Articles in regional publications that pertain to a wide range of North Carolina-related topics.
for Tar Heel Junior Historian Vol. 38 Issue 1, Fall 1998
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Over the years, three groups have farmed the land. The first group was subsistence farmers, who raised animals and crops for their own needs. The second group, the planters, saw farming as a way to make money. The last group did not own the land, but worked it, and included indentured servants, slaves, and tenant farmers.
Early colonists brought hogs along for food. Until the Civil War, hogs were raised for home use and selling out-of-state. After the war, Midwestern farmers captured the pork market, and N.C. hog sales declined. It was not until the 1970s that hog-raising became big business and a major economic and environmental concern. Today hogs in the state outnumber people two to one.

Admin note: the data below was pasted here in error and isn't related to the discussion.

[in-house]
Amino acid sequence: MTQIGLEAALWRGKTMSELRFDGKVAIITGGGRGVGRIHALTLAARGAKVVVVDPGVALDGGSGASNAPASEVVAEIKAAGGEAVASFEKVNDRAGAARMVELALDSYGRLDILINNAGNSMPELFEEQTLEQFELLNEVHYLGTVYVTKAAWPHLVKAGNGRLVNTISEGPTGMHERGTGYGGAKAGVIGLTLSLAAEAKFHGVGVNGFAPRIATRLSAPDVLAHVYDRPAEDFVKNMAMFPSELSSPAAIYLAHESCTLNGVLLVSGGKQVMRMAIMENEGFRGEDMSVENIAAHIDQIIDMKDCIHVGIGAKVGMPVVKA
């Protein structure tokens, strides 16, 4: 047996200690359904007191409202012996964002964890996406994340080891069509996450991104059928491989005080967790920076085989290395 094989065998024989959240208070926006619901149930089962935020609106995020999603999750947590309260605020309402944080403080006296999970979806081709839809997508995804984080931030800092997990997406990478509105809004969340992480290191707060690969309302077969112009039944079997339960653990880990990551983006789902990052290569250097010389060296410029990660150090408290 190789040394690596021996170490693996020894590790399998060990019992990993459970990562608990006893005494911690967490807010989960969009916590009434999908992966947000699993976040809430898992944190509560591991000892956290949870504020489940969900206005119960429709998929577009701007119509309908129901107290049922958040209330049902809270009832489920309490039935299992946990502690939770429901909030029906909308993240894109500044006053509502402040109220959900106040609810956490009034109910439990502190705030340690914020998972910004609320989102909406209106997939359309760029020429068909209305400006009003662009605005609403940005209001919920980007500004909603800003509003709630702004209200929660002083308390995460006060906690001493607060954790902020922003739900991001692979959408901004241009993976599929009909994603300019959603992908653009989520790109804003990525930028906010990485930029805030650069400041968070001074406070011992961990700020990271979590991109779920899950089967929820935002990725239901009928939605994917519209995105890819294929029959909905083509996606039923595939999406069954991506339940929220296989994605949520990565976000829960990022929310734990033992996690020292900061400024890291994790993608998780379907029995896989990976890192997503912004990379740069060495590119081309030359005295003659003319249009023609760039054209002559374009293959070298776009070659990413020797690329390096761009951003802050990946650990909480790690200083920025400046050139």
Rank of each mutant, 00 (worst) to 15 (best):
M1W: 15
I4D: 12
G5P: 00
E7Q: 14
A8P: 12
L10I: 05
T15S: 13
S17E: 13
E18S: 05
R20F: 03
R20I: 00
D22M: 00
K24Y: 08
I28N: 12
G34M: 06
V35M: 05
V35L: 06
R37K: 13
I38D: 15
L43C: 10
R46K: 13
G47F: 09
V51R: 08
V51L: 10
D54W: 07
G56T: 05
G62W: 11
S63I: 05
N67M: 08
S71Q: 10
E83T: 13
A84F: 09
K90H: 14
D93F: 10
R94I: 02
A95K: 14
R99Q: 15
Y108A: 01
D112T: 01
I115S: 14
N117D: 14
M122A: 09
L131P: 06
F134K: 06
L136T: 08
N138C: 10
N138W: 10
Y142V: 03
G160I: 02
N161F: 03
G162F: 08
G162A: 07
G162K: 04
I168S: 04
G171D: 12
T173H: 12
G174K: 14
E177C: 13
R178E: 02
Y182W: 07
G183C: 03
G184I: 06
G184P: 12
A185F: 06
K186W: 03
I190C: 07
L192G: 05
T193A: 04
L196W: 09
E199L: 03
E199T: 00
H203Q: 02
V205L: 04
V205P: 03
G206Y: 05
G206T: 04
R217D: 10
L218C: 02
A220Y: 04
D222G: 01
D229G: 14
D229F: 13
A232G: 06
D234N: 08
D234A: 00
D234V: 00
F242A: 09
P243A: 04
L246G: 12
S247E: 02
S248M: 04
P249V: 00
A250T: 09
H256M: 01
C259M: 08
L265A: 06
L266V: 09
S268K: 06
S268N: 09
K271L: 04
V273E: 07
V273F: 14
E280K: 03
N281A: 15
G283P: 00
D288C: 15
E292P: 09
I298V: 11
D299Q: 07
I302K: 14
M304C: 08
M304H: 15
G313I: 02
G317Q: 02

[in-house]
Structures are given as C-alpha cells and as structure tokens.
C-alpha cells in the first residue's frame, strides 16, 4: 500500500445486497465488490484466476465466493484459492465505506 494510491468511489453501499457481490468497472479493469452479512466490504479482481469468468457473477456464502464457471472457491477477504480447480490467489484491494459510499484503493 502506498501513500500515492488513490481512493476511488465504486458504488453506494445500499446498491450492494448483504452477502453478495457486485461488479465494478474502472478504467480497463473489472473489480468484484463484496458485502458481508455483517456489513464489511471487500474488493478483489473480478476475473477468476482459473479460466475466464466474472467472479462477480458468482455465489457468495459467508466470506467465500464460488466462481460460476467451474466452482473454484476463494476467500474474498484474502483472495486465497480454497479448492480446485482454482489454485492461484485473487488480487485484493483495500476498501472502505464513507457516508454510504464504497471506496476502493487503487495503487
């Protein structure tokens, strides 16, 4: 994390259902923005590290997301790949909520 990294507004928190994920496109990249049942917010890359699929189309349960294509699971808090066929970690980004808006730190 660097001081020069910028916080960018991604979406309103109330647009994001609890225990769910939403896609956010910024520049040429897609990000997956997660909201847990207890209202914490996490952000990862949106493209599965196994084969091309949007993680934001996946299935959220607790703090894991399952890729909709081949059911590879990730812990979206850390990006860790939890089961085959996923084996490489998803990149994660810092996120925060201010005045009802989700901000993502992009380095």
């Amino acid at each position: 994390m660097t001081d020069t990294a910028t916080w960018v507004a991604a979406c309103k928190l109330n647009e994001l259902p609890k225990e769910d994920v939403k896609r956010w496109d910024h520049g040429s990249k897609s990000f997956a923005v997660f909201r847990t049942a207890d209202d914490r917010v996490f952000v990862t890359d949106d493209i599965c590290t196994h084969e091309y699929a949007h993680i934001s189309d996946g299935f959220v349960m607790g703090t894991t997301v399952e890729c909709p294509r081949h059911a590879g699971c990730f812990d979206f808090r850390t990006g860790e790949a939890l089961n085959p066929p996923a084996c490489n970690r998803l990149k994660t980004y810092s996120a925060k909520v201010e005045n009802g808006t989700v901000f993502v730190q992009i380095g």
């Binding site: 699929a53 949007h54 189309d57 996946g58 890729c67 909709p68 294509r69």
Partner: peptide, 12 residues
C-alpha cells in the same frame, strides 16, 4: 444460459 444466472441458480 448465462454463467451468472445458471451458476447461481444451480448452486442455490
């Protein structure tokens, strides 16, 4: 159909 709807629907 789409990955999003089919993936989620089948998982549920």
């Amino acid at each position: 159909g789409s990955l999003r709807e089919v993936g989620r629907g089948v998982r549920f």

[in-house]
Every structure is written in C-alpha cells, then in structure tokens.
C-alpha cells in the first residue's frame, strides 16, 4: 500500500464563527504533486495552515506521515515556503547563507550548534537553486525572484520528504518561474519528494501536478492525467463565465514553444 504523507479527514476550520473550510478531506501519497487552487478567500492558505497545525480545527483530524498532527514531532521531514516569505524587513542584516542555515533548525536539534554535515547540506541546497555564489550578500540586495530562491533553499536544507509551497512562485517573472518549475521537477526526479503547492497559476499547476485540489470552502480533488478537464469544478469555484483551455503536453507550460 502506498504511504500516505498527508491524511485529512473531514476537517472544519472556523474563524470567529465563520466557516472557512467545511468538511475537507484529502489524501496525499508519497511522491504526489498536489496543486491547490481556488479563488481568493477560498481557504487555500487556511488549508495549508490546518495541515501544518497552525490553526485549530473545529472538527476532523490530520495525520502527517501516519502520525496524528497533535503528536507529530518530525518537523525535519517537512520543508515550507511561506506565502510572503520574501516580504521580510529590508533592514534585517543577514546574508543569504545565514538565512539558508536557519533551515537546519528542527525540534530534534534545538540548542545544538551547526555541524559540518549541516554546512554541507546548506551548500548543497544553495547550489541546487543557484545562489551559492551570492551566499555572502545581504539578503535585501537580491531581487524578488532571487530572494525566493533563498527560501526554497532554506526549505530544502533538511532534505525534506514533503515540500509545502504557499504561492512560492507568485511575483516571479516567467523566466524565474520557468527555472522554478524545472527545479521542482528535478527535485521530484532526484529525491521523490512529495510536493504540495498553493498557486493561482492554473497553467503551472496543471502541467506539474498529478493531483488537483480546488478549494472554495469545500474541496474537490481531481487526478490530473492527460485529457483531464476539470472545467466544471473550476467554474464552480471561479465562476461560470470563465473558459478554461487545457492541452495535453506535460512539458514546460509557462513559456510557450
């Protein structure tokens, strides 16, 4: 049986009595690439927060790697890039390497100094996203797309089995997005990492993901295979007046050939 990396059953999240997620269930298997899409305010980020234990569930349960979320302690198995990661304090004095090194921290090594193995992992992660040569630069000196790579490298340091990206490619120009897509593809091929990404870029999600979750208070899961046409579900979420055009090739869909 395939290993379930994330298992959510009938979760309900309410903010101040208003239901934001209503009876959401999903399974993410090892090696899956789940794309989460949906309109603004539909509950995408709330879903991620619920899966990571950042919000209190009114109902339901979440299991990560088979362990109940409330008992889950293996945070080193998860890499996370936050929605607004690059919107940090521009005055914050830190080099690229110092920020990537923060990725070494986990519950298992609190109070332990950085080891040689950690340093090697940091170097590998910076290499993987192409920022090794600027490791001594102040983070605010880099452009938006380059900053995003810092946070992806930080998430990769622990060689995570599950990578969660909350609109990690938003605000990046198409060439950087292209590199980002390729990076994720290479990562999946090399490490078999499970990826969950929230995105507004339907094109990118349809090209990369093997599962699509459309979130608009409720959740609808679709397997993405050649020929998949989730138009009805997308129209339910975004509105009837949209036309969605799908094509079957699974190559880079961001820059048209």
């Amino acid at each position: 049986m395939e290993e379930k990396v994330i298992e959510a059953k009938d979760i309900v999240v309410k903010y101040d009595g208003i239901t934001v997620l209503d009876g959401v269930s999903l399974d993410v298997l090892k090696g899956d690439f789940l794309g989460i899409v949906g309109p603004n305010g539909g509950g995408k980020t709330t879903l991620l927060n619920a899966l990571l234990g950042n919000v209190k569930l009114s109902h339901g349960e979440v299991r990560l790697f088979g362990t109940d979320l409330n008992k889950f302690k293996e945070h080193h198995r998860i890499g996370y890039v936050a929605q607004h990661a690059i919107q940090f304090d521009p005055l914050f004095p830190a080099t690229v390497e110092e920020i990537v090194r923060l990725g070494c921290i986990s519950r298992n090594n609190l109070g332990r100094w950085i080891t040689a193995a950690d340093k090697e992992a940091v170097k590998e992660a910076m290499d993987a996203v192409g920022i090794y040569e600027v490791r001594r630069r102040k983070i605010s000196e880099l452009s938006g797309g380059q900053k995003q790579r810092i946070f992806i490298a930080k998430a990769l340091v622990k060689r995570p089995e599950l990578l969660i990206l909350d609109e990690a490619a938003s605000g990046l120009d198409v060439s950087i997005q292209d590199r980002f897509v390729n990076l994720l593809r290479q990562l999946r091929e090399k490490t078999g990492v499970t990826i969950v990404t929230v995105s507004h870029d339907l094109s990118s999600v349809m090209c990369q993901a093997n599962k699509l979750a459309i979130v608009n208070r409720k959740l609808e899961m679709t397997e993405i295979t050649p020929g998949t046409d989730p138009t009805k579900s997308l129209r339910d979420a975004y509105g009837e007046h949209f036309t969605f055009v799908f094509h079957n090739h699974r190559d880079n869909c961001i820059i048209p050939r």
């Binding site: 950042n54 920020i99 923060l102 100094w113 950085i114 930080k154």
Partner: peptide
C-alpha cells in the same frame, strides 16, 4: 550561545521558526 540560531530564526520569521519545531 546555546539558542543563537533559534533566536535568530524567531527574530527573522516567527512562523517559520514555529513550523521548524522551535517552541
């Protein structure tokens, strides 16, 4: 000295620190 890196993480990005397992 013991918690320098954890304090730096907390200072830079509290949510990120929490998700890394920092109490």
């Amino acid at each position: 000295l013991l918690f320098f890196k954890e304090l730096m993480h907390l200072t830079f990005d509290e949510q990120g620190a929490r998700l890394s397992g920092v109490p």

Organic farming, or farming without chemical pesticides or synthetic fertilizers, began in the state in the late 1970s. The market has expanded from vegetables to include fruits, grains, cut flowers, and medicinal and cooking herbs. Currently there are over fifty certified organic farmers in the state. Most farms are around three acres, but the acreage is increasing.
A number of farmers work land that has been in that has been in their families for generations. Their farms have been named century farms by the N.C. Department of Agriculture. The state has about 1,400 century farms in ninety-three counties. Land for one of the oldest farms was purchased by John Knox on May 6, 1758, near what is now Salisbury and Statesville.